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The Isle of Malta, the Heart of the Ancient Mediterranean

Malta’s capital city of Valletta. Credit: Bengt Nyman/Wikimedia Commons/CC-BY-3.0

The Isle of Malta is currently the smallest member state of the European Union both in terms of its territory and in the size of its population.

However, this tiny state has such a long, fascinating and turbulent history that a visit there makes you wonder if you may have entered a time capsule where different eras of the history of the Mediterranean have decided to merge.

The history of the small archipelago of Malta spans several thousands of years.

The history of Malta

The island’s name is believed to be of Maltese origin, a language which was derived from what is termed “Sicilian Arabic,” and is the only official language of the EU with Semitic origins.

However, its etymology is believed to be Greek, deriving originally from the Greek word for honey, ”meli.”

Ancient Greeks were known to call this tiny island ”Melite,” which is Greek for ”sweet as honey,” most probably due to the island’s already notable honey production and the endemic species of bees which thrive there to this very day.

The Romans later began referring to the island as “Melita,” shaping the pronunciation toward the modern name of Malta.

Valletta is the smallest European capital

The capital city of Malta, Valletta, is the southernmost, smallest, and undoubtedly one of the most intriguing European capital cities.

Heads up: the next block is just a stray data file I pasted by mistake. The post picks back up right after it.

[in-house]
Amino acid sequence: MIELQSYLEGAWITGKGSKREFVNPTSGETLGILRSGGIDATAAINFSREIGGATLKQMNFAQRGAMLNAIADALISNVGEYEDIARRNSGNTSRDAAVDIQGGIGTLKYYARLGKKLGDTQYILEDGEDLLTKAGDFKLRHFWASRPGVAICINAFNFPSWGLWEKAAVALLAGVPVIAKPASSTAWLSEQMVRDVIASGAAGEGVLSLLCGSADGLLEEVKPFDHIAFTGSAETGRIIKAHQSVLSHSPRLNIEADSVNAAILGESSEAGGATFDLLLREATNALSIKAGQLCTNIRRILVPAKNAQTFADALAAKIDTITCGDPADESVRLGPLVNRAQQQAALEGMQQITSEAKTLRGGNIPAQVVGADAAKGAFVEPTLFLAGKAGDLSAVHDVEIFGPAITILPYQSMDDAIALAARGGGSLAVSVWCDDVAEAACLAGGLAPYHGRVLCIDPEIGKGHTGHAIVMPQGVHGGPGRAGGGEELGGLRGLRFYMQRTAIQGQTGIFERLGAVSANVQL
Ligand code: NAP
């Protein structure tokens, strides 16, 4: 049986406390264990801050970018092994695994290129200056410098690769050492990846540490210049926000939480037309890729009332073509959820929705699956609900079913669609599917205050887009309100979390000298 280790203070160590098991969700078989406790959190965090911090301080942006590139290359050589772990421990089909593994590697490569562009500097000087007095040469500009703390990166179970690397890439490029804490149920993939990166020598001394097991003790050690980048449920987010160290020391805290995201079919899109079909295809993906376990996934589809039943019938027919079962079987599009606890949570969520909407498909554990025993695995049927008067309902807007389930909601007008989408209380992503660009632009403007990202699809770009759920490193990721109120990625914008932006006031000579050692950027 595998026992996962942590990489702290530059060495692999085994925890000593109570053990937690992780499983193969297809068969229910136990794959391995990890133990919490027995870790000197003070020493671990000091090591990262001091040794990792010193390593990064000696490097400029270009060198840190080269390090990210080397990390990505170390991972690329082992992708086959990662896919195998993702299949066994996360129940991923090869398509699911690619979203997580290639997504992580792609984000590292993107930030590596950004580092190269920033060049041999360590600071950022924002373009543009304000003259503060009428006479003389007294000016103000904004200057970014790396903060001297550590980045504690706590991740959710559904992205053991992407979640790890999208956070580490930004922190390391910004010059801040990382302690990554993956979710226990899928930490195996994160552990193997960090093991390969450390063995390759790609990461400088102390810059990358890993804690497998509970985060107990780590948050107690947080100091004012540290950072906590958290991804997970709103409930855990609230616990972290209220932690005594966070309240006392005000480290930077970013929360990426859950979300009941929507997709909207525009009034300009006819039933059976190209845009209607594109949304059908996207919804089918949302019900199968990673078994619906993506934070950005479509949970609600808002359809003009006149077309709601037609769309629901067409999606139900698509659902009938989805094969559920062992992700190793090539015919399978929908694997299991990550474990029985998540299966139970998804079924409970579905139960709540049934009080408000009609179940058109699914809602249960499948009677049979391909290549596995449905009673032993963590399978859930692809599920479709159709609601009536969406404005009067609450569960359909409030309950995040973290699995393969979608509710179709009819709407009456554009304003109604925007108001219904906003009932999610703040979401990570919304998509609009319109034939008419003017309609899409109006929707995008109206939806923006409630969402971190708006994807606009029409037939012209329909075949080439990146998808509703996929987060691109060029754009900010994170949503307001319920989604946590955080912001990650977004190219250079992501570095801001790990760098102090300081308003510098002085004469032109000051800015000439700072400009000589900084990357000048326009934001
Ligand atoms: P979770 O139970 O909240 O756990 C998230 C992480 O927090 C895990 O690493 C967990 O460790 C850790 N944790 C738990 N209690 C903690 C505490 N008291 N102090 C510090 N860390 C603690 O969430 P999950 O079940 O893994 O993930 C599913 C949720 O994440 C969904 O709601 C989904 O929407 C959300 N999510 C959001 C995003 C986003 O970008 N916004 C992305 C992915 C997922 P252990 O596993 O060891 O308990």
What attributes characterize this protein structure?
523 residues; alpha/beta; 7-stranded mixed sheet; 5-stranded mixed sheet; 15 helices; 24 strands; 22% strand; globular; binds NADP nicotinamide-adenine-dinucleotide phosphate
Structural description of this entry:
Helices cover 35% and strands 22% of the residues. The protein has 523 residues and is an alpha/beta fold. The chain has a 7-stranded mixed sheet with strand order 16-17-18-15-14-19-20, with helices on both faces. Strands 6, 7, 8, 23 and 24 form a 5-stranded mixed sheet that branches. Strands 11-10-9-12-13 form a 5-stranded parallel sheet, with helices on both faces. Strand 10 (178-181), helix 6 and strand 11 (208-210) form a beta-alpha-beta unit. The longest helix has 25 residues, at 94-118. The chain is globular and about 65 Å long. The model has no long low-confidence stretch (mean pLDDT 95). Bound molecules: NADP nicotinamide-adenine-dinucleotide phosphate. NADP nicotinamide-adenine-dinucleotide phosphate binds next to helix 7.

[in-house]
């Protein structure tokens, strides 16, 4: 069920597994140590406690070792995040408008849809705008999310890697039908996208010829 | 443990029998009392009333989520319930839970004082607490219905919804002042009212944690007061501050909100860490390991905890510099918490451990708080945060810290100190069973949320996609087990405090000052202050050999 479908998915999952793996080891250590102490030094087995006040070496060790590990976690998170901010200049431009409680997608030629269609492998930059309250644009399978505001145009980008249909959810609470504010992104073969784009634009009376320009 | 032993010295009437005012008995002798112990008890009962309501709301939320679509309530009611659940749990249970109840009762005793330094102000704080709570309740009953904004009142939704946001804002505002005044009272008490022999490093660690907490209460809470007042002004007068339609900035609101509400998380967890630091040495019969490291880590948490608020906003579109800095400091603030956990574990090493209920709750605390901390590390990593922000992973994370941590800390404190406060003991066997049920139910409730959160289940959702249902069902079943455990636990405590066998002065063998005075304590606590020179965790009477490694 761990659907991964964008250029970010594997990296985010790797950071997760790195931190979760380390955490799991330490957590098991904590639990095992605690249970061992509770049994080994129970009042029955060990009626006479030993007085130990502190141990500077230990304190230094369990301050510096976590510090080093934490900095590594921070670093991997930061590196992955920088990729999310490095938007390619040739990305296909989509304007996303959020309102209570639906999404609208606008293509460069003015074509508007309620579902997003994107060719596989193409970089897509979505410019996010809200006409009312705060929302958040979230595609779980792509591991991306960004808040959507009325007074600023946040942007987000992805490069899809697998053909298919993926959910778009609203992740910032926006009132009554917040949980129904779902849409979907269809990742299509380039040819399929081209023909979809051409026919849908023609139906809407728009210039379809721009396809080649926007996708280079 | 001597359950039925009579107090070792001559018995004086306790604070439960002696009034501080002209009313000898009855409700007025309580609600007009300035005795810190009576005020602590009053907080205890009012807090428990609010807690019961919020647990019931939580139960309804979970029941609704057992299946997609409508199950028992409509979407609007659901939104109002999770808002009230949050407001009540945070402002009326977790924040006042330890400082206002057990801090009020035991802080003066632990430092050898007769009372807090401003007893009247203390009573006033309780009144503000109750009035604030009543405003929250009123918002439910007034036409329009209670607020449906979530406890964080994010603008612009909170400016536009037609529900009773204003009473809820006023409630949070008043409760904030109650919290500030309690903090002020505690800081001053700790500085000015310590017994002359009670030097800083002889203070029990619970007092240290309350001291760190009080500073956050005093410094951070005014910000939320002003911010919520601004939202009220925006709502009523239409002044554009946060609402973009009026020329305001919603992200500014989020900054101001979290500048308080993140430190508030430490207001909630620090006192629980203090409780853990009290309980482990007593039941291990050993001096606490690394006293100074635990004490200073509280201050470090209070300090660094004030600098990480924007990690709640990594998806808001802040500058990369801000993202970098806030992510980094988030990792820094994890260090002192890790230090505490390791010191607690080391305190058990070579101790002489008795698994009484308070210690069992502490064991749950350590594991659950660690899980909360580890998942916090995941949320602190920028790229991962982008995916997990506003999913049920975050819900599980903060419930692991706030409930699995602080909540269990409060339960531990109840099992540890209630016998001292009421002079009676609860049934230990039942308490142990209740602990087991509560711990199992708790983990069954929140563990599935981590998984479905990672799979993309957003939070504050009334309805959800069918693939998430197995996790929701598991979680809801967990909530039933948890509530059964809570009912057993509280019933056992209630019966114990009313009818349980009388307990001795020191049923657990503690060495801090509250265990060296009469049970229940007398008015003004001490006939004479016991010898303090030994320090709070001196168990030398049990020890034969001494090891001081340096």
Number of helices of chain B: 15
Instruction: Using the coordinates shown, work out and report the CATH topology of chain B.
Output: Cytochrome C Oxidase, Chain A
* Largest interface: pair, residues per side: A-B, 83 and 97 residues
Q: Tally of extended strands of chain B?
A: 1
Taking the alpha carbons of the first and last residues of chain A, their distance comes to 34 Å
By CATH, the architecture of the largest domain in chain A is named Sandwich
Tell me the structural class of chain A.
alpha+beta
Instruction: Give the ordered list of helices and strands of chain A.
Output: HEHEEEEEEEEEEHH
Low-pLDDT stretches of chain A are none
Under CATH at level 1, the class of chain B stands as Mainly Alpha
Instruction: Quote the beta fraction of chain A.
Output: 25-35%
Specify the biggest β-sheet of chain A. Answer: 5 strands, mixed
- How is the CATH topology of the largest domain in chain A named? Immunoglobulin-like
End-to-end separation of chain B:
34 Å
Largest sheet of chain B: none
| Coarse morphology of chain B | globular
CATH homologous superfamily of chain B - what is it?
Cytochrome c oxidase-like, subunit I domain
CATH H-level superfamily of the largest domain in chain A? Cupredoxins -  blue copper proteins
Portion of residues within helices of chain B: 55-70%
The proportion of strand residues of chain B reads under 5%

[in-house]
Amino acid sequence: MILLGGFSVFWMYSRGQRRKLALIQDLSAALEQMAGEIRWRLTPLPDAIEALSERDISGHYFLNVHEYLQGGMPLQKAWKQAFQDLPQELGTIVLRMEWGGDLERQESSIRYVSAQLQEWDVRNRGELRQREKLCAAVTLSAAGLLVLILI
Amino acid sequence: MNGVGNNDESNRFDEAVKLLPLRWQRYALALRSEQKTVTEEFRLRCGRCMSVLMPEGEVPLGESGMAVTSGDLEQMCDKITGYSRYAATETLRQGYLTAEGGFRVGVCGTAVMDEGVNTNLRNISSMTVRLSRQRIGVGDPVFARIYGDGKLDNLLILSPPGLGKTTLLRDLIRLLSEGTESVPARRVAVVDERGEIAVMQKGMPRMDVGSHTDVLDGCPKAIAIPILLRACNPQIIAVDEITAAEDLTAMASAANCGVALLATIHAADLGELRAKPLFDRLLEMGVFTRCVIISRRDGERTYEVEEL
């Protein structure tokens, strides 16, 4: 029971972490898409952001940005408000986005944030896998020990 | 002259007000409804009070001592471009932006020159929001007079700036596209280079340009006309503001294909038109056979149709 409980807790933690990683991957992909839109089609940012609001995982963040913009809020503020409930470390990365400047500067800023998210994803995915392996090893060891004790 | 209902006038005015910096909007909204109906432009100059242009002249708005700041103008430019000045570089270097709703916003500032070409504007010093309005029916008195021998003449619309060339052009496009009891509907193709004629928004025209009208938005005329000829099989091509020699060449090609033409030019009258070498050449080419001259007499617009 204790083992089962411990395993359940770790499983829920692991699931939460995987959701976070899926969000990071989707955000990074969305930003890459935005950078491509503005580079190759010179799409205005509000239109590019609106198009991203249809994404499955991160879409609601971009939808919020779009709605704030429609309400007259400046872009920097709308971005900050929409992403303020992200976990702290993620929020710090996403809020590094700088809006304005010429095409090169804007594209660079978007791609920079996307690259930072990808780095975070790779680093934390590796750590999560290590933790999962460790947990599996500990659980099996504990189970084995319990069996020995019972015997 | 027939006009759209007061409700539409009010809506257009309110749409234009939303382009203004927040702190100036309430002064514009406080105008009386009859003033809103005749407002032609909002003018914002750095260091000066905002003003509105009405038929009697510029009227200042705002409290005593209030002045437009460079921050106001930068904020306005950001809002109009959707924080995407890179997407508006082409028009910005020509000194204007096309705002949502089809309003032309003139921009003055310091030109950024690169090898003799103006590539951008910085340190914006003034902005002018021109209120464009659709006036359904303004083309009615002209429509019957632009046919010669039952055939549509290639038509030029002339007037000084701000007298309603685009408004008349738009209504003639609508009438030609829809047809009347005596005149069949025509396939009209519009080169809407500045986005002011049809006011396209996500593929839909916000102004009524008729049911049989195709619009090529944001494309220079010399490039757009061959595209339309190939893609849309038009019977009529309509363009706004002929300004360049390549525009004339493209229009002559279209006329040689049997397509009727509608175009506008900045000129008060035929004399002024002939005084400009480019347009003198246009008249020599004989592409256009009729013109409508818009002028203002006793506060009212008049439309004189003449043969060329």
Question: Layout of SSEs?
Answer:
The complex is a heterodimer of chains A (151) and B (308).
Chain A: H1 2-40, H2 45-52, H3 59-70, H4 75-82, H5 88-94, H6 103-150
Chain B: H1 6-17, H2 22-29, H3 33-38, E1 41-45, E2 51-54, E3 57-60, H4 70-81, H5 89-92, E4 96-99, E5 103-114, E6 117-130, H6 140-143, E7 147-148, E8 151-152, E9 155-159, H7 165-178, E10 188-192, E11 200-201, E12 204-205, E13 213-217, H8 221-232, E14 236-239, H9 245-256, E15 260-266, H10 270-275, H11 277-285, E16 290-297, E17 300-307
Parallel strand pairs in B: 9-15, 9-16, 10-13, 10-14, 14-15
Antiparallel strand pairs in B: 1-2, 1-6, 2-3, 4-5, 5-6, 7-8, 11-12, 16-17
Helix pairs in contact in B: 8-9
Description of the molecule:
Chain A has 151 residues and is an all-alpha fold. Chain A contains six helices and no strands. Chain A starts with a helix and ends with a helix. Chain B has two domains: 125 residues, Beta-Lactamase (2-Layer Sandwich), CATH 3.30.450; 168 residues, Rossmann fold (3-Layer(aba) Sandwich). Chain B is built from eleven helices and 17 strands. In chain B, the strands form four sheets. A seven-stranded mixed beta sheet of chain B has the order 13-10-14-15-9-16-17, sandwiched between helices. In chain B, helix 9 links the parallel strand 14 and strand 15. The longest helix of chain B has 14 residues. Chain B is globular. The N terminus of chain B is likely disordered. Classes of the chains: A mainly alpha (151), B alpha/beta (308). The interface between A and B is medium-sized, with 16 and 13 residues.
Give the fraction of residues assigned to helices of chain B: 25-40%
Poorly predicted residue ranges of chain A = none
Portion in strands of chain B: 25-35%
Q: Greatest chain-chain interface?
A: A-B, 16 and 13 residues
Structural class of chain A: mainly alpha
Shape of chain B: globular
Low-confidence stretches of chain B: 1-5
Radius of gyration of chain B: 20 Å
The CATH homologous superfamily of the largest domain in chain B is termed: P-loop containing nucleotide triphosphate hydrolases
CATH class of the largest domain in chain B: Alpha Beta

Valletta’s modest population would allow for it to be classified as a small town rather than a city in any other European country, but here in Malta, Valletta is known as ”the City.”

Approximately only six thousand people permanently reside in Valletta; however, the broader area of Valletta is home to the vast majority of the entire population of the island, making it home to about 390,000 people.

Located between Italy, Tunisia, and Libya, the small archipelago of Malta is definitely a destination one should always have on his or her bucket list for Mediterranean adventures.

The footprint of its many conquerors, rulers, and even visitors throughout the millennia is still especially evident throughout Malta.

The Apostle Paul visited Malta

The facade of the “Church of St. Paul’s Shipwreck” in Malta. Credit: Wikimedia Commons/ CC-BY-2.0

Carthaginians and Phoenicians, Romans and Greeks, Arabs and Normans, French and British—all these cultures have shaped the history of these tiny islands in the middle of the Mediterranean Sea for over five thousand years now.

Even the Apostle Paul himself is said to have visited Malta long ago although it was, funny enough, entirely unintentional! Having being charged with sedition by the Roman authorities, Paul was forced to make his way to the capital city of the empire to face the charges there.

The Biblical book, the Acts of the Apostles, recounts the dramatic story of St. Paul’s ship wrecking along Malta’s rocky shores during this perilous journey.

Ending up on what is now believed to be St. Paul’s Island, or “Selmunett,” just off the Maltese coast, Paul was able to find safety there before journeying onward to Rome. The “Parish Church of St. Paul’s Shipwreck,” located in Valletta, is one of Malta’s oldest churches and is well worth a visit.

As for the modern Greek community of Malta, this begins its more organized existence on the island from the 16th century, when Greek Christians fled the Ottoman-ruled territories of the Byzantine Empire.

The Orthodox church of Saint George in Valletta is currently the epicenter of the Greek island community, connecting the historically deeply-rooted Greek presence to Malta even in modern times.

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